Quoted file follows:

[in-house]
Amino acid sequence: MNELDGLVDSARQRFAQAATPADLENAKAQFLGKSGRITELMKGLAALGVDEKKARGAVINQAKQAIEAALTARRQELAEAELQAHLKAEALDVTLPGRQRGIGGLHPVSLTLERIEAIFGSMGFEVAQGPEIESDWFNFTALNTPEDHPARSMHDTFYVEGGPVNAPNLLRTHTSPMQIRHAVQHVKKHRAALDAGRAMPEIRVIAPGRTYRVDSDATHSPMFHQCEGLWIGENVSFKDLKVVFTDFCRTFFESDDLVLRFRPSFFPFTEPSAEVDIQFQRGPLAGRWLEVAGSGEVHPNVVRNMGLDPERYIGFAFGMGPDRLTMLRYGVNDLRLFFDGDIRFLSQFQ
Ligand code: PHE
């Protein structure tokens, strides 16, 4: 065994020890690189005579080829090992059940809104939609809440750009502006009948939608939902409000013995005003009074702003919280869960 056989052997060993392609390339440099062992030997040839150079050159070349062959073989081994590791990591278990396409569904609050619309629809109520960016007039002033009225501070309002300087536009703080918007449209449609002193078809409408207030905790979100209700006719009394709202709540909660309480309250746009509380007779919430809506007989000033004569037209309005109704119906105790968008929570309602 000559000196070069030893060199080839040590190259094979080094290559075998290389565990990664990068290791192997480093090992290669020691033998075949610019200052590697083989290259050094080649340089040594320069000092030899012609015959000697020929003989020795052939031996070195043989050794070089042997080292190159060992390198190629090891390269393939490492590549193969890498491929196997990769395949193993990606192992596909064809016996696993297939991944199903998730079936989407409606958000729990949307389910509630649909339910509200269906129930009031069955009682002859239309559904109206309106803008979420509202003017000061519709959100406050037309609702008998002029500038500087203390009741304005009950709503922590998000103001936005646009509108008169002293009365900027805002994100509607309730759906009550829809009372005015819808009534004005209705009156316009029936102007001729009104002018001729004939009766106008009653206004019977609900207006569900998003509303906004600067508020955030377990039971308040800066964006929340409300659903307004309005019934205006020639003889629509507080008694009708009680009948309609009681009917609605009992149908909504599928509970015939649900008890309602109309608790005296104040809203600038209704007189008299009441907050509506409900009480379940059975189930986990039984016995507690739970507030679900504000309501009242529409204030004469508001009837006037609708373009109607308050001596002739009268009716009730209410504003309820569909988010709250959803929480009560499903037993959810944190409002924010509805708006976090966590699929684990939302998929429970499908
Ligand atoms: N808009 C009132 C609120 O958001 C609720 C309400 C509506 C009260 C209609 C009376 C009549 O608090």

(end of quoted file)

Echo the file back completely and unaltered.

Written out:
[in-house]
Amino acid sequence: MNELDGLVDSARQRFAQAATPADLENAKAQFLGKSGRITELMKGLAALGVDEKKARGAVINQAKQAIEAALTARRQELAEAELQAHLKAEALDVTLPGRQRGIGGLHPVSLTLERIEAIFGSMGFEVAQGPEIESDWFNFTALNTPEDHPARSMHDTFYVEGGPVNAPNLLRTHTSPMQIRHAVQHVKKHRAALDAGRAMPEIRVIAPGRTYRVDSDATHSPMFHQCEGLWIGENVSFKDLKVVFTDFCRTFFESDDLVLRFRPSFFPFTEPSAEVDIQFQRGPLAGRWLEVAGSGEVHPNVVRNMGLDPERYIGFAFGMGPDRLTMLRYGVNDLRLFFDGDIRFLSQFQ
Ligand code: PHE
């Protein structure tokens, strides 16, 4: 065994020890690189005579080829090992059940809104939609809440750009502006009948939608939902409000013995005003009074702003919280869960 056989052997060993392609390339440099062992030997040839150079050159070349062959073989081994590791990591278990396409569904609050619309629809109520960016007039002033009225501070309002300087536009703080918007449209449609002193078809409408207030905790979100209700006719009394709202709540909660309480309250746009509380007779919430809506007989000033004569037209309005109704119906105790968008929570309602 000559000196070069030893060199080839040590190259094979080094290559075998290389565990990664990068290791192997480093090992290669020691033998075949610019200052590697083989290259050094080649340089040594320069000092030899012609015959000697020929003989020795052939031996070195043989050794070089042997080292190159060992390198190629090891390269393939490492590549193969890498491929196997990769395949193993990606192992596909064809016996696993297939991944199903998730079936989407409606958000729990949307389910509630649909339910509200269906129930009031069955009682002859239309559904109206309106803008979420509202003017000061519709959100406050037309609702008998002029500038500087203390009741304005009950709503922590998000103001936005646009509108008169002293009365900027805002994100509607309730759906009550829809009372005015819808009534004005209705009156316009029936102007001729009104002018001729004939009766106008009653206004019977609900207006569900998003509303906004600067508020955030377990039971308040800066964006929340409300659903307004309005019934205006020639003889629509507080008694009708009680009948309609009681009917609605009992149908909504599928509970015939649900008890309602109309608790005296104040809203600038209704007189008299009441907050509506409900009480379940059975189930986990039984016995507690739970507030679900504000309501009242529409204030004469508001009837006037609708373009109607308050001596002739009268009716009730209410504003309820569909988010709250959803929480009560499903037993959810944190409002924010509805708006976090966590699929684990939302998929429970499908
Ligand atoms: N808009 C009132 C609120 O958001 C609720 C309400 C509506 C009260 C209609 C009376 C009549 O608090």